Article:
Employment contract and applicable law

Source: Supreme Court, Social Ch., 9th July 2015, n° 14-13.497
Labour Law / International Law

An employee had been hired for a part-time work, as a program director, by a Spanish foundation; she signed another employment contract with another employer in order to obtain the status of private secretary in charge of the expositions. Both contracts mentioned that they were under, for the first one, the Spanish Law, and for the second one, the Belgian Law.

The employee was afterwards dismissed by the foundation resulting from the impossibility to maintain her work position in Paris, as well as by the other employer.

She seized the Labour Court in order to obtain the payment of various sums under the breach of both employment contracts, under the extra hours, under the compensation for undeclared work and compensation for her pension loss, in accordance with the provisions of French Law;

The Court of Appeal has not granted her request and has dismissed the application of French Law.

The Supreme Court, in accordance with the articles 3 and 6 of the Rome Convention dated June 19th 1980 concerning the applicable law to the contractual obligations, disagrees with the analysis of the Court of Appeal and decides that:

The article 3 of the Convention states that "the contract is governed by the law chosen by the parties, that they can designate the applicable law to the whole or only part of their contract" and the article 6 adds that "the choice of the applicable law by the parties to an employment contract cannot have the incidence to deprive the employee of the protection insured by the imperative provisions of the law, which would be applicable to him, and failing a choice, in accordance with the provisions of the second paragraph of this said text; that according to this paragraph, the contract is governed, failing a choice by the parties: a) by the law of the country where the employee usually works, or b) if the employee does not usually work in the same country, by the law of the country where is established the company that hired the employee, unless it results from all the circumstances, that the employment contract is more related to another country, in which case the law of this other country is applicable."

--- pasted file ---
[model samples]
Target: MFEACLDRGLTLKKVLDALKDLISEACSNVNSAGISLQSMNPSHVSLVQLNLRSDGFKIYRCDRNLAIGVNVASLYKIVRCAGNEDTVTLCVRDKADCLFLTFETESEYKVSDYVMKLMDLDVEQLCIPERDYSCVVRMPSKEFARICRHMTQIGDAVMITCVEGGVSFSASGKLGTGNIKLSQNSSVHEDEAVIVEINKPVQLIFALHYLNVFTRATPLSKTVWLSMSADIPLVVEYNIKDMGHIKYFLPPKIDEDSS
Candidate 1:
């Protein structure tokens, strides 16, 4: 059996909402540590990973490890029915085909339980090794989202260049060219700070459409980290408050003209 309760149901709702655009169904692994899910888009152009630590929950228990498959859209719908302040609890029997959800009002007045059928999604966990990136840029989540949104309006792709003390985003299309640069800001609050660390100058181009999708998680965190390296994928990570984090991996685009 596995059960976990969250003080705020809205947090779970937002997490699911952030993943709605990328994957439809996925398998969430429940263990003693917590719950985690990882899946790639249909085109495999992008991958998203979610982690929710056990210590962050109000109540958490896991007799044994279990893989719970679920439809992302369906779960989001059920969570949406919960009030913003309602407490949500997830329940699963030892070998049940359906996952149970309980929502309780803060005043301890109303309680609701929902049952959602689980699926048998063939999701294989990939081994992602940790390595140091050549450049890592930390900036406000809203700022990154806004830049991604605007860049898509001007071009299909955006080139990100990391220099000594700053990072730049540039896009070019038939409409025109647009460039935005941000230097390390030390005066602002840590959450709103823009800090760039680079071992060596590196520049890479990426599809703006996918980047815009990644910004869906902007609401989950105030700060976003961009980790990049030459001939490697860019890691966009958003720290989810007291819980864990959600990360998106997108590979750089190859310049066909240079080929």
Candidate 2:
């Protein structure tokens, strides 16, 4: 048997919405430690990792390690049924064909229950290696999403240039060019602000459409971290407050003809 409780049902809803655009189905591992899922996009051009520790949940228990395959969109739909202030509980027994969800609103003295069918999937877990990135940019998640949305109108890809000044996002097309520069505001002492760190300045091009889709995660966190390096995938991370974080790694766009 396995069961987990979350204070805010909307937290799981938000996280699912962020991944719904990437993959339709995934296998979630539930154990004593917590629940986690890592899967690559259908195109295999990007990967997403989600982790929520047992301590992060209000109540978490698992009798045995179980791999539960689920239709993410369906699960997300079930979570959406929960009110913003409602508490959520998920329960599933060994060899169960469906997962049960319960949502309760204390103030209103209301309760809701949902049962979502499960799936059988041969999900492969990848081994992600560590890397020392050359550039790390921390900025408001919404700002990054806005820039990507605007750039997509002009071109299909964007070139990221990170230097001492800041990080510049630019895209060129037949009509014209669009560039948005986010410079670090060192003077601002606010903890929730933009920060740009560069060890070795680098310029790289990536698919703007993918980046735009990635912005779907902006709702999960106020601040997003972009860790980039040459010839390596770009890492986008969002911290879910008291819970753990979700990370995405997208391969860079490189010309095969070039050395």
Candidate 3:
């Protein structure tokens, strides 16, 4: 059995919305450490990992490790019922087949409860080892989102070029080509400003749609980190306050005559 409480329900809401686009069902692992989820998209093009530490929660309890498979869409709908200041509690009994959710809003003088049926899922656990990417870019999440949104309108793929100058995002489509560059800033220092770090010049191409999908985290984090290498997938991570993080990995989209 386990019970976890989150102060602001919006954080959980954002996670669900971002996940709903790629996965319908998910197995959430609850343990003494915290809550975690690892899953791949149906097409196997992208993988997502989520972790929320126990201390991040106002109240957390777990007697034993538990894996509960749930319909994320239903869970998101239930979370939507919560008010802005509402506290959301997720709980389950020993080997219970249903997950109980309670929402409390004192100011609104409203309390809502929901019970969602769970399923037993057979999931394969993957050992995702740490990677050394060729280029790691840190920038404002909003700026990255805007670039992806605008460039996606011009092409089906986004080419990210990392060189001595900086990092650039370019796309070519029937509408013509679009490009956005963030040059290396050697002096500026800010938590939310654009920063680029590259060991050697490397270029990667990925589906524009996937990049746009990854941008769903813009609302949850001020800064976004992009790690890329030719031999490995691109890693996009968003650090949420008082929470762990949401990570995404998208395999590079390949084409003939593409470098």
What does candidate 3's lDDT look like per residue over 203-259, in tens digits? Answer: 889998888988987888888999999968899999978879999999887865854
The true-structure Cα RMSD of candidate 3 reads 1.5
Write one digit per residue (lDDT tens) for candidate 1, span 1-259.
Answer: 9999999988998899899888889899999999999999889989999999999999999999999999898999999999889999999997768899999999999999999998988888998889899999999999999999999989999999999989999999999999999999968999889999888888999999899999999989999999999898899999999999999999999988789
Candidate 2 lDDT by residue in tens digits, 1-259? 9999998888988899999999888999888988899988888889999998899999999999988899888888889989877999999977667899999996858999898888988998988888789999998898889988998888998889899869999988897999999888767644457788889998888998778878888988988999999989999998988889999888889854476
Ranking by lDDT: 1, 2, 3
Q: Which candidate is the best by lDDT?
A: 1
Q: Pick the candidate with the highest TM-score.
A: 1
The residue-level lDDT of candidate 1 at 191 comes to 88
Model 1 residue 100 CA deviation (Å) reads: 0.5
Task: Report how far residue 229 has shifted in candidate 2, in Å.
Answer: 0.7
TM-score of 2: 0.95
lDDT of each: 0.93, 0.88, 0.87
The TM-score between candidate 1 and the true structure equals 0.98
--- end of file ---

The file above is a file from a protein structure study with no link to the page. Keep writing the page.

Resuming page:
The Court of Appeal, in order to dismiss the application of the French Law to the requests submitted by the employee against two of her employers, held that the contract, written in Spanish, concluded with the Foundation, states that will be applied to this contract the status of Spanish workers and the Spanish collective convention of the office workers and that the contract signed with the other employer provides that it will end in the form provided by the Belgian Law.

It adds that "The employee, who claims a fraud from her employers and the exercise of a constraint resulting from her pregnancy state and her economic dependence at the time of the signature of the contracts, does not produce any element supporting her arguments, only based on the chronology of the signatures of the litigious contracts; that perfectly mastering the Spanish language, she could not mistake about the incidence of the contract signed on December 12th 2002; that regarding the delay to appeal against the dismissal, provided by the Spanish Law, she does not prove in what its brevity would deprive her from the access to a judge in order to justify the application of the public order rules of the French Law; that the fact that she is domiciled and works most of the time in France, is not sufficient to establish the fraud claimed, being said that her functions necessarily made her travel abroad."

The Supreme Court criticized the judgement, saying that the Court of Appeal, which noted that the place where the employee usually worked was in France, and did not research, as she was asked, whether the provisions of the Belgian and Spanish Laws, chosen by the parties and related to the different requests of the employee, protected her more than the imperative provisions of the French Law, which would have had to be applied, if no such choices were made.